COVID-19 vaccine magnetism claims just don’t add up Health



You may have watched one of these videos online of someone allegedly magnetized or microchipped by their COVID-19 vaccination.

Some videos show people sticking various metal objects on their bodies, such as spoons, button batteries, or keys, to show that the person is magnetized. Other videos show magnetic disks stuck to a person’s arm to reinforce their claim that a microchip is under the skin. Although funny, there is nothing factual about their claims.

For at least a century, pranksters have shown themselves to be “human magnets” by sticking various metallic objects on their skin.

Many have been discredited by various techniques. One approach showed that it could not be magnetism, as smooth non-metallic objects made of wood or porcelain would also stick. Others were disproved when compasses, which detect Earth’s weak magnetic field, failed to find the magnetic fields surrounding these so-called “human magnets.”

James Randi, the famous skeptic, has shown that it is not magnetism but rather sticky skin that gives a trickster his “incredible powers” because a thin layer of talcum powder prevents objects from sticking.

There is no scientific justification for COVID-19 vaccines to magnetize people. None of the vaccines contain metals such as iron, nickel, cobalt, lithium, or rare earth alloys. They also do not contain microelectronics, microchips, semiconductor nanowires or carbon nanotubes.

The sad thing is that there are people who spread such myths and there are others who believe them. Sadder still, some believers refused the vaccine and died from COVID-19.

A doctor, known for his anti-vaccine activism, testified before Ohio lawmakers, saying COVID-19 vaccines, in concert with the 5G mobile phone network, are magnetizing people as videos on the internet show.

She was testifying in favor of the Vaccine Choice and Anti-Discrimination Act, which would ban in Ohio any mandatory vaccination requirements against COVID-19 and prohibit asking for information about an individual’s vaccination status. The doctor’s testimony did not work, as his claims about magnetism-inducing vaccines were ridiculed and the law lacks support to move forward in its current form.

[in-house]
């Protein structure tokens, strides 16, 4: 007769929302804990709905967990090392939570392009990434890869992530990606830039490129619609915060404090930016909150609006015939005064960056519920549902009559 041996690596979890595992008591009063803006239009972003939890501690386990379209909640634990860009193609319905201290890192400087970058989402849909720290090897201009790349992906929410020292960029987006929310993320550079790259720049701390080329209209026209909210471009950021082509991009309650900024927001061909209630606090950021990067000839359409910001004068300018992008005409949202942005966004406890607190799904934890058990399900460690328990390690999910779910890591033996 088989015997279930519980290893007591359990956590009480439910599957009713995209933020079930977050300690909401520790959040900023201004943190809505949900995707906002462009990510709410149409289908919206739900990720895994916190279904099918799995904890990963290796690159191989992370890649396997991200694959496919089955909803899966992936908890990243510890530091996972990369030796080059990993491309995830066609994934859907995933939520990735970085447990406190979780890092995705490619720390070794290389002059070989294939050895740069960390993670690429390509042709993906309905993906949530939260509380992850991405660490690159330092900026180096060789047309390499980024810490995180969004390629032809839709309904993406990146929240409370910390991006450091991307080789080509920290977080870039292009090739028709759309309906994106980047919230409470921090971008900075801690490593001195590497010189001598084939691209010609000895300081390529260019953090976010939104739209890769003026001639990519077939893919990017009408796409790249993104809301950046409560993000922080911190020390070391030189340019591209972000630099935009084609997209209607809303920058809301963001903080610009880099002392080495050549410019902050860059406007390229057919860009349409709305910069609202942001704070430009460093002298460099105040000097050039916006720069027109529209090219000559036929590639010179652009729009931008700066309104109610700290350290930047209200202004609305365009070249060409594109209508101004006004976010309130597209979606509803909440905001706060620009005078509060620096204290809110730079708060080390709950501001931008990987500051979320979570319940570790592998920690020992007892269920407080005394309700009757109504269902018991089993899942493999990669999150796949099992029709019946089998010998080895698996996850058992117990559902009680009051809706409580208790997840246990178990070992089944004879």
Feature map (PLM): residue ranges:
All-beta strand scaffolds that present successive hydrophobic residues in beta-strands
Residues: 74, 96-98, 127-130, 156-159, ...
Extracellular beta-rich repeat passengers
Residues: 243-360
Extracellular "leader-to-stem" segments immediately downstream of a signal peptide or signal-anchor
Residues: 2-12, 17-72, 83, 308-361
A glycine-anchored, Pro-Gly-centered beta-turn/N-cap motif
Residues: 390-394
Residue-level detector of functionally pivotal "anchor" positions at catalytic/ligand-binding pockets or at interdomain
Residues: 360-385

While it is easy to see through such outlandish claims about magnetism and microchips, other claims are not so easily dismissed. For example, rumors that vaccines cause female infertility and drop male sperm counts are widely circulating (FYI: vaccines don’t cause either.)

It is important to turn to reliable sources such as the United States Centers for Disease Control and Prevention and universities when evaluating such claims. For the most part, social media is an unreliable source of factual information as it is largely filled with lies and rumors. People should stay away from sources that attack vaccines at all levels because they often present incomplete information, are based on hearsay, and lack rigorous scientific studies.

Finally, beware of scientists, researchers and isolated doctors who make statements contrary to the majority in their profession. He or she may be a true crusader for the truth or may be just another nutcase. A good idea is to ask your own healthcare professional.

Smart vaccines is written by faculty members of the Sealy Institute for Vaccine Sciences, Drs. Megan berman, associate professor of internal medicine, and Richard rupp, professor of pediatrics in the medical branch of the University of Texas. For questions about vaccines, email [email protected]



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